This is a very unusual bridge because of its "humpback" shape. Both the deck and the truss share the same humpback or arched shape to them. The design of the bridge would have increased clearance for boats, while also eliminating the need for a long approach ramp leading up to the bridge.
The humped shape is extremely rare among truss bridges, especially when the hump is all within a single span, not over several non-humpback spans like the Waubaushene Bridge.
This bridge is also noted for being built by what is today a little-known bridge builder, Western Bridge and Equipment of Chatham, Ontario.
The bridge has been heavily repaired over the years, and numerous rivets have been replaced with bolts, and additional steel has been bolted onto the bridge for added strength. Despite alteration, the bridge retains the unusual humpback design and as such should be considered a noteworthy heritage bridge.
A 1914 construction date was provided by the Dorset Community Partnership Group who indicated that this bridge was built to accommodate higher waters from construction of a dam built at the same time. However, this sheet from the 1908 Annual Department of Public Works shows a contract for $3,480 in 1907 entered into with Western Bridge and Equipment of Chatham, Ontario to supply and erect steel superstructure of a bridge over the "Burnt River" in the Village of Dorset between Districts of Muskoka and Haliburton. It is therefore possible that this truss dates to 1907-1908 and that it was simply raised (perhaps requiring replacement or substantial alteration of the concrete piers and abutments) in 1914.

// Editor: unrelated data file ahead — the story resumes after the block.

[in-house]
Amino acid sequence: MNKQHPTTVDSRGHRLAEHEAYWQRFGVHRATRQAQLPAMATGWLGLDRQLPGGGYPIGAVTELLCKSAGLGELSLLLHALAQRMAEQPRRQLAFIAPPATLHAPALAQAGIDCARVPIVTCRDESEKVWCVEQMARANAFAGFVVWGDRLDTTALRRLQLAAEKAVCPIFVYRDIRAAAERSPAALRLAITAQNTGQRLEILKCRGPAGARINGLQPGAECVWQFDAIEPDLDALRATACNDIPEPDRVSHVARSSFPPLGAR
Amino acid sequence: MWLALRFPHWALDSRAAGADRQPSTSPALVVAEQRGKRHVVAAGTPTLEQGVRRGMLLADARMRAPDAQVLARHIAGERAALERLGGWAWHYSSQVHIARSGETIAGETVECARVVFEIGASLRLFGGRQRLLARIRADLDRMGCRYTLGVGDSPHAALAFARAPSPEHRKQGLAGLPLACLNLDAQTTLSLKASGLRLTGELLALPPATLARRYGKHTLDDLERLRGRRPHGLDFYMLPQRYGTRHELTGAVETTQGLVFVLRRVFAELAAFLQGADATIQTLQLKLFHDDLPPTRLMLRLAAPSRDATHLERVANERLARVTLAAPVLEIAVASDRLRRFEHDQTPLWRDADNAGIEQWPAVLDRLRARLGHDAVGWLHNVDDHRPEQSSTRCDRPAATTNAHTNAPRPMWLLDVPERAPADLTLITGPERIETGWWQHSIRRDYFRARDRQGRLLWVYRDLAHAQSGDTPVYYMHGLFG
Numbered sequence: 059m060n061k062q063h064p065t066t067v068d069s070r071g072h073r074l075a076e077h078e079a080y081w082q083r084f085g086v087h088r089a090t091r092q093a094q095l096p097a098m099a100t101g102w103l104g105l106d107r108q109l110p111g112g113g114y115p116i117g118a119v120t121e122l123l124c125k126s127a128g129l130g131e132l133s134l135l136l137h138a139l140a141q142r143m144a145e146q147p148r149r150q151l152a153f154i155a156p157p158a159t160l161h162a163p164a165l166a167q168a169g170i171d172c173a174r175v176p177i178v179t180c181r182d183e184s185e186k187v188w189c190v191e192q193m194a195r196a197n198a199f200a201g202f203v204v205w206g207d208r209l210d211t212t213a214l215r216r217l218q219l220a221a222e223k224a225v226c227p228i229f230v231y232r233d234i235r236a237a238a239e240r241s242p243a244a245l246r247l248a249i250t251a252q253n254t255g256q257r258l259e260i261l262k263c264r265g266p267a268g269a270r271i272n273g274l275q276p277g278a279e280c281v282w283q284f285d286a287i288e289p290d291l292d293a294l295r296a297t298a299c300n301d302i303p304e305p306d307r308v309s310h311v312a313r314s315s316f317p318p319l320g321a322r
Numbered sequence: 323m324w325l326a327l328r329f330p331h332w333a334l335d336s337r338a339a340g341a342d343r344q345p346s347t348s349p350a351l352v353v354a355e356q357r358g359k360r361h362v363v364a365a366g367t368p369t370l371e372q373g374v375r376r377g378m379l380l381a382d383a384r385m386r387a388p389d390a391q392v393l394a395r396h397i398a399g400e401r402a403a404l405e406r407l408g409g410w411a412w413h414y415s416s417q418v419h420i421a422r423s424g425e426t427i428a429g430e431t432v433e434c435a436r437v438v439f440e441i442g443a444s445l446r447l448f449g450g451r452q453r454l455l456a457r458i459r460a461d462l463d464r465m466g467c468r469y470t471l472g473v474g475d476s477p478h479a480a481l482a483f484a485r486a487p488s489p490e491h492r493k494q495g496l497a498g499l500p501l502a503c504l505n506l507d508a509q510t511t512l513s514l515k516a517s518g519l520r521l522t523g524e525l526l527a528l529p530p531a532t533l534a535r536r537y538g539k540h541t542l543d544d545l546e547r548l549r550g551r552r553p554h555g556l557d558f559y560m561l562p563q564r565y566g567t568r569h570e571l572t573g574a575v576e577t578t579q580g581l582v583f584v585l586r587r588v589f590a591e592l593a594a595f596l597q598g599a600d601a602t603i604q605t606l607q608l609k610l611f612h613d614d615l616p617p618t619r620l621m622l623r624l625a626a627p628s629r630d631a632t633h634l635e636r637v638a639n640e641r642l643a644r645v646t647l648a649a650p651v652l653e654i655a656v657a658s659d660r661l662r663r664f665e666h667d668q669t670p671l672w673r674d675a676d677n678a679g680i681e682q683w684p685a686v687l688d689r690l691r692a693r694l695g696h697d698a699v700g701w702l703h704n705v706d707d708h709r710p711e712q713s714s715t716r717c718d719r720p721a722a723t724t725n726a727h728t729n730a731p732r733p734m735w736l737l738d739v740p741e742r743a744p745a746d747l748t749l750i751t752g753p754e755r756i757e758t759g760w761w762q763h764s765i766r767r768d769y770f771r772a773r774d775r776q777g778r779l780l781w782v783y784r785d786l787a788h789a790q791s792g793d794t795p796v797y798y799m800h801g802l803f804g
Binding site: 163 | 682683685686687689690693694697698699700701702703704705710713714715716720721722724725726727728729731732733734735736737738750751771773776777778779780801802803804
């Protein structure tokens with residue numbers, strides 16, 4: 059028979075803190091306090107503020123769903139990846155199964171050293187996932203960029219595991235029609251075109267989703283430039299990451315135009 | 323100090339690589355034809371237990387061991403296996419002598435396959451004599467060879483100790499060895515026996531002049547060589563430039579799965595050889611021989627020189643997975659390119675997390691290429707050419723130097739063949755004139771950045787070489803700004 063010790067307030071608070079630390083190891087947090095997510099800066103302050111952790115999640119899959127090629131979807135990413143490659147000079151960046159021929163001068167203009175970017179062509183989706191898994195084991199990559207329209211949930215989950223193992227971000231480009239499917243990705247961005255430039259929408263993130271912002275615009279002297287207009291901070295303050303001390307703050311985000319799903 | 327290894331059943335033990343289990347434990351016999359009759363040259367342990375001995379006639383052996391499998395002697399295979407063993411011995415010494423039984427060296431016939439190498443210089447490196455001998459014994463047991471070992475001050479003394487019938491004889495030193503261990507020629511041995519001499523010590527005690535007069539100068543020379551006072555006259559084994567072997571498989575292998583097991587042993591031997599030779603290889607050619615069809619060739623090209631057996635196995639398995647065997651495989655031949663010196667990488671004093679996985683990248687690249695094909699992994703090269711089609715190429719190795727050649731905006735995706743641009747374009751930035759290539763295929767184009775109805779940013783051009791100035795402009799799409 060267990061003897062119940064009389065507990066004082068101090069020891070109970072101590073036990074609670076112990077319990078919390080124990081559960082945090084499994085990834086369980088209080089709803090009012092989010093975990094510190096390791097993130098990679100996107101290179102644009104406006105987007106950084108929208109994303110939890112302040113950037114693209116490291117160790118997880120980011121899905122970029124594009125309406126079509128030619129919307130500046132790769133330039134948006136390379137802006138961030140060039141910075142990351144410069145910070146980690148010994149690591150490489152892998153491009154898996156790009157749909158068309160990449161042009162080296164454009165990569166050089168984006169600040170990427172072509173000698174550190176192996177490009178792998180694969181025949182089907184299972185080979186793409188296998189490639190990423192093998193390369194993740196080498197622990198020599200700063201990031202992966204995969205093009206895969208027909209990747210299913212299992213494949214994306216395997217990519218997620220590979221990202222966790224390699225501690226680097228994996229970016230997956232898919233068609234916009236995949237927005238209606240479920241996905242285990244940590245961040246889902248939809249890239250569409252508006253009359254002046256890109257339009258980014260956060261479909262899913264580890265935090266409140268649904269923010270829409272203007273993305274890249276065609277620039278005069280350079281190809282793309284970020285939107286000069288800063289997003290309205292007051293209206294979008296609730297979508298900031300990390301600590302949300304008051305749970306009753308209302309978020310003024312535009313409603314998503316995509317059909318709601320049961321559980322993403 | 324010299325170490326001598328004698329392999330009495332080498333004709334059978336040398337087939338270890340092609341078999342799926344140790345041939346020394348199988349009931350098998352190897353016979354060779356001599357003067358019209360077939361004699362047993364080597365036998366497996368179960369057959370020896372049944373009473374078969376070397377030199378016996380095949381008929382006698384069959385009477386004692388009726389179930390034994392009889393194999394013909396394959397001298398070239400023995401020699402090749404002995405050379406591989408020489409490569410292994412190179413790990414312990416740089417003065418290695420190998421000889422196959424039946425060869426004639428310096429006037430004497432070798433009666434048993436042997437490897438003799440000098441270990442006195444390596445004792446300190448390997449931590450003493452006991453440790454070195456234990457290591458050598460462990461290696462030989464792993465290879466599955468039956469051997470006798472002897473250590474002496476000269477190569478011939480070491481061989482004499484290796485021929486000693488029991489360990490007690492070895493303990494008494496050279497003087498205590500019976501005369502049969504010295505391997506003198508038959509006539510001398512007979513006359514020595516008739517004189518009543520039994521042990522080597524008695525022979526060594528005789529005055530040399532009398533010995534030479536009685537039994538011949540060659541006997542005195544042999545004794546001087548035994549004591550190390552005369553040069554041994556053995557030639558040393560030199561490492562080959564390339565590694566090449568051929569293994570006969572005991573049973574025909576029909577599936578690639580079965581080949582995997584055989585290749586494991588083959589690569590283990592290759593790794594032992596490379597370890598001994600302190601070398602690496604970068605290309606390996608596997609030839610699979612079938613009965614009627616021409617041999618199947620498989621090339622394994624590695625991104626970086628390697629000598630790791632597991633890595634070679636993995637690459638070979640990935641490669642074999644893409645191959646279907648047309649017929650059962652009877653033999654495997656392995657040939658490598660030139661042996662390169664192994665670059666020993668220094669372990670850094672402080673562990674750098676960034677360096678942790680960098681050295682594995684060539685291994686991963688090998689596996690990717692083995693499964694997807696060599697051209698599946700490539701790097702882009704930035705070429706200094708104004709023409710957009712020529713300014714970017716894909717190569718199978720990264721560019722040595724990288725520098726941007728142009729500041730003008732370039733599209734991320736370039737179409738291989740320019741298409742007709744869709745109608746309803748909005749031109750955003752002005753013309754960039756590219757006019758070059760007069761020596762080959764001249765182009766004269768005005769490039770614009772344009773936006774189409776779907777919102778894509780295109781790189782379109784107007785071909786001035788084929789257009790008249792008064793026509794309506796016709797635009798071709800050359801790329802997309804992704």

Thanks to Fred Heinzler, the Dorset Community Partnership Group, and the community run, volunteer sponsored website www.DorsetCanada.com for providing information and photos about this bridge.
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